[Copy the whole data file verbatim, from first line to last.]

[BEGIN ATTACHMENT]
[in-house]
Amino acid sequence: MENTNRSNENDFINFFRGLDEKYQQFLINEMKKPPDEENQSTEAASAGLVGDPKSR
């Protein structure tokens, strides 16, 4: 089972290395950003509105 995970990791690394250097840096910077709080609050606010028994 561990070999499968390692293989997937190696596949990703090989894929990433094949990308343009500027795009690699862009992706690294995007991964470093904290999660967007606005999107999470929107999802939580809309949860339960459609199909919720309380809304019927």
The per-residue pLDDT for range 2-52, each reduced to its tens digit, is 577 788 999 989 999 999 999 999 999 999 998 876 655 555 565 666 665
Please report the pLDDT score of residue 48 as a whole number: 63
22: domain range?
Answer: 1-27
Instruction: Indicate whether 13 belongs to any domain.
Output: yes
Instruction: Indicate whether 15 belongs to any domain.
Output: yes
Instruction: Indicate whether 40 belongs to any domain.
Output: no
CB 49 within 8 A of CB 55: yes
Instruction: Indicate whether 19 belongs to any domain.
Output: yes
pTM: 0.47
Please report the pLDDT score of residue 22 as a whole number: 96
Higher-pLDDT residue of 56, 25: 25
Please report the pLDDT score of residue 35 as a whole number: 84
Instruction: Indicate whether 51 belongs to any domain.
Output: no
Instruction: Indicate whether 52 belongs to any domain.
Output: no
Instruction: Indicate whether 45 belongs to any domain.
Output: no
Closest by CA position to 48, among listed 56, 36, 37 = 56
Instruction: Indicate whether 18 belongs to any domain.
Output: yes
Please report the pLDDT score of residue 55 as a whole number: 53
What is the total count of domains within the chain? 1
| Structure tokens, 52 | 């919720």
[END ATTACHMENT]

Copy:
[in-house]
Amino acid sequence: MENTNRSNENDFINFFRGLDEKYQQFLINEMKKPPDEENQSTEAASAGLVGDPKSR
């Protein structure tokens, strides 16, 4: 089972290395950003509105 995970990791690394250097840096910077709080609050606010028994 561990070999499968390692293989997937190696596949990703090989894929990433094949990308343009500027795009690699862009992706690294995007991964470093904290999660967007606005999107999470929107999802939580809309949860339960459609199909919720309380809304019927």
The per-residue pLDDT for range 2-52, each reduced to its tens digit, is 577 788 999 989 999 999 999 999 999 999 998 876 655 555 565 666 665
Please report the pLDDT score of residue 48 as a whole number: 63
22: domain range?
Answer: 1-27
Instruction: Indicate whether 13 belongs to any domain.
Output: yes
Instruction: Indicate whether 15 belongs to any domain.
Output: yes
Instruction: Indicate whether 40 belongs to any domain.
Output: no
CB 49 within 8 A of CB 55: yes
Instruction: Indicate whether 19 belongs to any domain.
Output: yes
pTM: 0.47
Please report the pLDDT score of residue 22 as a whole number: 96
Higher-pLDDT residue of 56, 25: 25
Please report the pLDDT score of residue 35 as a whole number: 84
Instruction: Indicate whether 51 belongs to any domain.
Output: no
Instruction: Indicate whether 52 belongs to any domain.
Output: no
Instruction: Indicate whether 45 belongs to any domain.
Output: no
Closest by CA position to 48, among listed 56, 36, 37 = 56
Instruction: Indicate whether 18 belongs to any domain.
Output: yes
Please report the pLDDT score of residue 55 as a whole number: 53
What is the total count of domains within the chain? 1
| Structure tokens, 52 | 């919720």